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The Waiting Game: When To Take On Ironman

  • By Matt Fitzgerald
  • Published Oct 31, 2012
  • Updated Oct 31, 2012 at 11:33 PM UTC
Illustration by Hunter King.


Litmus Tests

While tracking variables such as FTP and VDOT can be very helpful to the triathlete who is trying to gauge his readiness for Ironman, there is no failsafe litmus test for Ironman preparedness. One reason is that the definition of “ready” depends on one’s expectations. The other reason is that an Ironman is so different from any shorter triathlon that only an Ironman itself can reveal one’s true state of readiness. We’ll come back to this point later. Let’s now focus on what you can do to determine whether you’re ready for an Ironman.

Strauss has a couple of very simple training benchmarks that he uses to gauge the Ironman-preparedness of those whose goal is to finish.

“I like to see people be able to ride for six hours and run for about two and a half hours,” Strauss says. “It doesn’t have to be fast. I’m just talking about turning the pedals for six hours and [separately] putting one foot in front of the other for two and a half hours. In my experience, if you can do those things you will probably be OK [in an Ironman]. If not, you’re in trouble.”

Strauss stresses that finishing an Ironman within the 17-hour cutoff time really isn’t very hard. As long as you’re healthy and not significantly overweight there’s nothing to it. Just train progressively until you are able to hit the relevant benchmarks—which most people can do within 18 months if they’re consistent—and race day itself is a mere formality, assuming proper execution.

Identifying benchmarks for the competitive triathlete who desires an Ironman debut to brag about is a little more challenging. Scott Fliegelman recommends peer-comparison tests for such athletes. Fliegelman’s FastForward Sports is based on a group training model that facilitates such comparisons.

“If you’re training consistently with people who have done Ironmans already, and not only done them but really done well in them,” Fliegelman says, “and you get to the point where you can do everything they do in workouts, that’s a pretty good indicator that you’re ready to race at their level.” Fliegelman is careful to add that being able to keep up with a 10-hour Ironman finisher in training is certainly no guarantee that you will be able to match that time in your first or any Ironman, but it’s a more reliable predictor than any alternative standard.

Of course, peer comparisons can also tell you when you’re not ready. “If you’re contemplating an Ironman and you consistently get dropped by the slowest group after four hours [on the bike], you’d probably better wait,” Fliegelman says.

Beyond Physically Ready

Developing the physical fitness that is required to complete an Ironman or to achieve a competitive goal in an Ironman is only one dimension of attaining total readiness for such ambitions. There are other dimensions to consider as well.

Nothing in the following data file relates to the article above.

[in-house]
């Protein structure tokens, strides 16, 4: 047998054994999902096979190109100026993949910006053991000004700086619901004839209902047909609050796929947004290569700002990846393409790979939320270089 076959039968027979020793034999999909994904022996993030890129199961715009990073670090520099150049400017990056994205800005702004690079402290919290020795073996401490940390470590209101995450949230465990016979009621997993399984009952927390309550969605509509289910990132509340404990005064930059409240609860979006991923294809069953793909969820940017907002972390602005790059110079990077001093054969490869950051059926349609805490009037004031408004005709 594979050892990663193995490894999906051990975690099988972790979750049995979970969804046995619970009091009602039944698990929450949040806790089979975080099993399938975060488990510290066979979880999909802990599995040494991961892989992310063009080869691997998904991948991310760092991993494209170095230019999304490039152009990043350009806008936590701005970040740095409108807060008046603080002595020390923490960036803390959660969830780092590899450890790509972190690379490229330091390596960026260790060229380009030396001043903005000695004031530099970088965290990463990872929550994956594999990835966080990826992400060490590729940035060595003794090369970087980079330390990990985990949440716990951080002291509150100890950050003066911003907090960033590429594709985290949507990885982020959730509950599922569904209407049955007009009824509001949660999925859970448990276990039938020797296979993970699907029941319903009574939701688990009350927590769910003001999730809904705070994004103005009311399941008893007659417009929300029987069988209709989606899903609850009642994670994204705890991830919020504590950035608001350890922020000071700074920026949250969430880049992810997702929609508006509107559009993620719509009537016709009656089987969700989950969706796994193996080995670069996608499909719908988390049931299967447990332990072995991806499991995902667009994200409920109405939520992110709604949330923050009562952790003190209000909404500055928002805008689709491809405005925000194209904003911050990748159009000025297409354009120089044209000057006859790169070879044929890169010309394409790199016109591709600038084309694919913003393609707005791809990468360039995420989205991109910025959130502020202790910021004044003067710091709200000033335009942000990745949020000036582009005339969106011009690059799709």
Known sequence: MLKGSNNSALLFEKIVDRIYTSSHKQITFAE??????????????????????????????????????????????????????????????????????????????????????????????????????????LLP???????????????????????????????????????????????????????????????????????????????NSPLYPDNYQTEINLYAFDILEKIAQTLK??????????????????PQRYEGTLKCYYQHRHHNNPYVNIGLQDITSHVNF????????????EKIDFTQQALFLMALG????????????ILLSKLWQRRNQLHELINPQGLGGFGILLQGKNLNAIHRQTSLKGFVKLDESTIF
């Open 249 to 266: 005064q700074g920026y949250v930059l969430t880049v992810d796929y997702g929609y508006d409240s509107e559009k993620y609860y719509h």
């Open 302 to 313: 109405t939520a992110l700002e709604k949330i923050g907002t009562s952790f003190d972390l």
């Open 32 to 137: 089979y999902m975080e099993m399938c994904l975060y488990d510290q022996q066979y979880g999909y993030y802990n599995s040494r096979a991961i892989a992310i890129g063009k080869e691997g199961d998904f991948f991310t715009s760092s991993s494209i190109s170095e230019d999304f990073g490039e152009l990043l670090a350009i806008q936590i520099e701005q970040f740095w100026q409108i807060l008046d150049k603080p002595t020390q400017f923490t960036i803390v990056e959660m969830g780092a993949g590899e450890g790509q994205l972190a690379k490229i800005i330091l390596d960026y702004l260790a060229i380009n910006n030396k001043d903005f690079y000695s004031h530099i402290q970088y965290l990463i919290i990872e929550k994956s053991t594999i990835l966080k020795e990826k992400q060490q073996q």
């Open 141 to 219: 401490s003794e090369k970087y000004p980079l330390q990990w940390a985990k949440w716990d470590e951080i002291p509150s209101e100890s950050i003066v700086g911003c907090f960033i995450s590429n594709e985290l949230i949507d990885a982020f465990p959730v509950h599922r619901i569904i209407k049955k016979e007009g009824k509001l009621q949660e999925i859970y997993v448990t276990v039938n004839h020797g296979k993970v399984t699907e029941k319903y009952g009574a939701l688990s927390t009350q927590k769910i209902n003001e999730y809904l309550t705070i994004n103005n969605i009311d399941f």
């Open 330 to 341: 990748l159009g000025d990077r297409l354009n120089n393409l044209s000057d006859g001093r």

The first question Rich Strauss asks athletes who tell him they want to do their first Ironman is “why?” There are good reasons and bad reasons to chase this dream, and Strauss wants to be sure that his athletes commit for the right reasons. “It’s supposed to be fun,” he explains. “If training for an Ironman sounds like fun, then go for it. But if it seems like something you have to do, don’t do it.”

The idea that completing an Ironman would feel like an obligation to anyone might seem strange, but it’s actually quite common. What’s the first question people ask you when you tell them you’re a triathlete? That’s right: “Have you ever done an Ironman?” Let’s face it: One of the reasons we do triathlons is to impress people who don’t, and, right or wrong, finishing an Ironman is vastly more impressive to the average person than winning any shorter triathlon.

Within the sport, as well, there’s a sense that you’re not a serious triathlete unless you do Ironmans. There are many gifted age-group triathletes whose bodies are perfectly designed to kick butt in sprint triathlons but who get their butts kicked in Ironman races instead because they feel obligated to go long.

Fliegelman believes that overall experience is a more important factor in Ironman readiness than physical fitness. That’s why he told Steve to wait a year to make his Ironman debut and would have told Bruce to do the same if he’d been given the chance. Bruce is actually the more physically talented of the two men, according to Fliegelman, but Steve is more Ironman-ready because he has an extra year of experience, hence more all-around “triathlon intelligence,” as the coach puts it.

Bruce has difficulty pacing himself appropriately in workouts. Steve, on the other hand, has mastered the art of training by heart rate, and over the past year he has also learned how to train effectively by power on the bike. While Bruce is a better pure runner than Steve, Bruce has never run well off the bike in a race. Steve is better at holding himself back on the bike and saving something for the run. It’s not that Bruce will never get to that point; he just lacks experience.

RELATED: A Physiological View Of What The Human Body Goes Through In An Ironman

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